Click this image to see it in practice (and note that we treat interest as an expense like any other!):
Rick paid for all his new transactions, plus interest, plus $100 toward his PRIOR DEBT, so his Visa account balance is now -$400.
So remember: In credit-card accounts, just as in other spending accounts, prior balances, new spending, and any interest charges or fees should all be entered as negative numbers. Payments toward the card's balance, and any refunds, are entered as positive numbers. (Transactions marked as type "Refund" will tabulate in your Spending Report worksheet; your normal monthly payments will not.)
Keep a "Cushion" envelope. "Cushion," in this case, means keeping a little extra money in your checking account just in case you forget to enter a small transaction or two at some point. We don't want any of those yucky overdraft fees, do we?
Keep a "Miscellaneous" envelope. Hey — stuff happens. But you want it to be small stuff. The bigger things should be handled by your Emergency Fund.
Got interest? If you're doing much saving in your checking account, please consider using an interest-bearing checking account like ING Direct's Electric Orange. Every dollar adds up.
Want Other Check Register Spreadsheets?
If you're more in the mood for a standard check-register spreadsheet, you can grab one at my free Check Register page. Additionally, I have a more-functional Check Register w/Sorting Macros and Reconcile. It's not free, but it's not far off!
Ready to Purchase?
Purchase & Download
Downloading the Deluxe "Envelopes" Register spreadsheet couldn't be easier! Simply pay with PayPal, and then download the Check Register instantly! (Credit/debit cards work great; no sign-up required.)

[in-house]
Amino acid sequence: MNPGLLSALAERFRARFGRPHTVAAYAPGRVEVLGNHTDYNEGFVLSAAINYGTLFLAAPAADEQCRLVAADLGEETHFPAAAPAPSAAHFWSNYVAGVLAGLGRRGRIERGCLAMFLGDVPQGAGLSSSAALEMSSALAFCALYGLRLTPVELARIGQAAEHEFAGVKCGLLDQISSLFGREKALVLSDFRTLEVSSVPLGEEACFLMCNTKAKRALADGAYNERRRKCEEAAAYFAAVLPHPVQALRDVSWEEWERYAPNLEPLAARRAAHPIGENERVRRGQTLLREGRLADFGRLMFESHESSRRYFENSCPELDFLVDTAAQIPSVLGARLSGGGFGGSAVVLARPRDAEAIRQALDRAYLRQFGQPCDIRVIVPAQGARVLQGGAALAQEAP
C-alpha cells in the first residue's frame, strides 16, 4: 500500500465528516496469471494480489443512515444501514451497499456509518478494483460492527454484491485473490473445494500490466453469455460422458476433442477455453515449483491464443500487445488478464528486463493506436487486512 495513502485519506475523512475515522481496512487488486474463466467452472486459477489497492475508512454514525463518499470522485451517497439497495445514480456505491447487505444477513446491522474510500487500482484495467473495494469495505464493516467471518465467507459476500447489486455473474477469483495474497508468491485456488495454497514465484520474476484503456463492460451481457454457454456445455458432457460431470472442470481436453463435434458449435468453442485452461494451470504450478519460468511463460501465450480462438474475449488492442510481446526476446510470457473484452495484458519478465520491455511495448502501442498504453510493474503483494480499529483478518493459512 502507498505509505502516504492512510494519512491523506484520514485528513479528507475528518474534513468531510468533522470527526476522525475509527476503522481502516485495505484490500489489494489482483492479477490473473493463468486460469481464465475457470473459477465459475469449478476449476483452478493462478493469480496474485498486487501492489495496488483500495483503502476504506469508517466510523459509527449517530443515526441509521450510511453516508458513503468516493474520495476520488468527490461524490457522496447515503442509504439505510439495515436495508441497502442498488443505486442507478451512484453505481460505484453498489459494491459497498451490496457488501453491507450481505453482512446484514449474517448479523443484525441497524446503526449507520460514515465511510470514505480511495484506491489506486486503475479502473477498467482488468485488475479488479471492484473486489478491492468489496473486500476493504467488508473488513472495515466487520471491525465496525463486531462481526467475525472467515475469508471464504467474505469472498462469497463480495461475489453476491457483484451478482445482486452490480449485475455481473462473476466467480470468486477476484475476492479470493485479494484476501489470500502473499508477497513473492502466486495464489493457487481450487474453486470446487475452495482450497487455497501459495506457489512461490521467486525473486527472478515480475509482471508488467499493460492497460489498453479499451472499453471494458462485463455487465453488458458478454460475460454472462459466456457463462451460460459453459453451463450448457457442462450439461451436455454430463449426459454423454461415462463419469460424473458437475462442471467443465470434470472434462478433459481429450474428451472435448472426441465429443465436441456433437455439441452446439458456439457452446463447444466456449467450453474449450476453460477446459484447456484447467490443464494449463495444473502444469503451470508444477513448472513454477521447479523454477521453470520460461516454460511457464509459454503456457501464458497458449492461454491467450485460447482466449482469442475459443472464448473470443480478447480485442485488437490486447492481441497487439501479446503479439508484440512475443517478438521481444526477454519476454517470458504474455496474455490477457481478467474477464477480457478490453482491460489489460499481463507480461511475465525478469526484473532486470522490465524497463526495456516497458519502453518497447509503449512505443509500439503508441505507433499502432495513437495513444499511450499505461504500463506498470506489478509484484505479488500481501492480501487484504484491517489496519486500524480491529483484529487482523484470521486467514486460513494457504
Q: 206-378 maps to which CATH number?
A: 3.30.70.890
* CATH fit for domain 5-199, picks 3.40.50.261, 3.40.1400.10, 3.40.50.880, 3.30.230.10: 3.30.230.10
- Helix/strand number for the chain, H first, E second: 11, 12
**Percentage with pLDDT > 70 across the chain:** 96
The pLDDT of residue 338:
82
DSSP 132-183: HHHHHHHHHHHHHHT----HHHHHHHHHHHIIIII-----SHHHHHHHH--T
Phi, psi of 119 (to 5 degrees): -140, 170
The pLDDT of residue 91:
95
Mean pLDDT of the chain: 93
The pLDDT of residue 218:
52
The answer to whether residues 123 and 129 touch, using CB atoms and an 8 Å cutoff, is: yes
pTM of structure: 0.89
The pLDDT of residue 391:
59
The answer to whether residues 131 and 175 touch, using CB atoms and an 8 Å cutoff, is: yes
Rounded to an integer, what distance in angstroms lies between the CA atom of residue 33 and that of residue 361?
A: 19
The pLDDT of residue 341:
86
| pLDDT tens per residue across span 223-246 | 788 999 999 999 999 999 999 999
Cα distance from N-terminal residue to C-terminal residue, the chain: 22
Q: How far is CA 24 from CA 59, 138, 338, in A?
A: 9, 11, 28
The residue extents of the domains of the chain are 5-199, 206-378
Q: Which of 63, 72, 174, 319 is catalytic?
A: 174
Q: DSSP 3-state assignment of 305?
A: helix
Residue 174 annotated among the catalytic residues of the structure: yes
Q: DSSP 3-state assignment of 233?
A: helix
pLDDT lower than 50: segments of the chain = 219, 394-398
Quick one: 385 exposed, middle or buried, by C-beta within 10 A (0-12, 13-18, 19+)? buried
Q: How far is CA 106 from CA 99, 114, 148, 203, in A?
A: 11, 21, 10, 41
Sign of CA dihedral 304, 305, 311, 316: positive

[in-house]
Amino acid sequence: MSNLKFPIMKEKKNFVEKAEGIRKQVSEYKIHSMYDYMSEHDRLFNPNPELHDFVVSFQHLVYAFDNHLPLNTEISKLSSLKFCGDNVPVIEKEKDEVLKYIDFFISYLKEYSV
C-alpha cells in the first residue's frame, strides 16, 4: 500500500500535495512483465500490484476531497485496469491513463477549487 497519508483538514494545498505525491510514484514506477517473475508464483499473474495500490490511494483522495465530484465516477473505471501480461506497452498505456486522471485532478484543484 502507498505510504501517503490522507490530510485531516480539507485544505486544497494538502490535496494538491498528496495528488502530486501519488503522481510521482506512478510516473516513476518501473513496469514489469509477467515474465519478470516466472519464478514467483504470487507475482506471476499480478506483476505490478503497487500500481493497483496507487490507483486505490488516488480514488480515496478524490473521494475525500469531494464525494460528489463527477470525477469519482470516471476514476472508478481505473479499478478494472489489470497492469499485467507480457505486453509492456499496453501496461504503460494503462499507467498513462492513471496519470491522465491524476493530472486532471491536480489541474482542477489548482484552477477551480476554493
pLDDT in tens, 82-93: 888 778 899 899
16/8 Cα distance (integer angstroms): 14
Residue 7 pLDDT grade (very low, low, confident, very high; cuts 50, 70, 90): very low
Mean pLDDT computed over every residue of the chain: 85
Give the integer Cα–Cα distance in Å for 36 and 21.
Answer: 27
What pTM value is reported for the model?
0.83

Whether you're new to envelope budgeting, or you've been doing it for years, I'm quite sure you'll find my Deluxe "Envelopes" Register spreadsheet to be an amazingly helpful tool.
Once your payment is complete, you'll be redirected back to this site for immediate download of the spreadsheet file. As a backup measure, you should also receive an email from the payment system with a link from which you can download the file. (So make sure the email address you use is correct!)
Remember, please, that if you find this spreadsheet to fall short of your expectations in some way, you can always contact me within 30 days of purchase for a full refund. (I won't be mean about it, either. I promise!)
I currently accept payment through Paypal. They will accept credit/debit cards if you wish to go that route.
NOTE: Users of Paypal "eChecks" will not be able to download the spreadsheet until their funds clear into my Paypal account; this often takes 3-5 business days.
Questions? Comments? Contact Me!
Got a question or issue? Don't hesitate — drop me a line. I'll get back to you as soon as possible!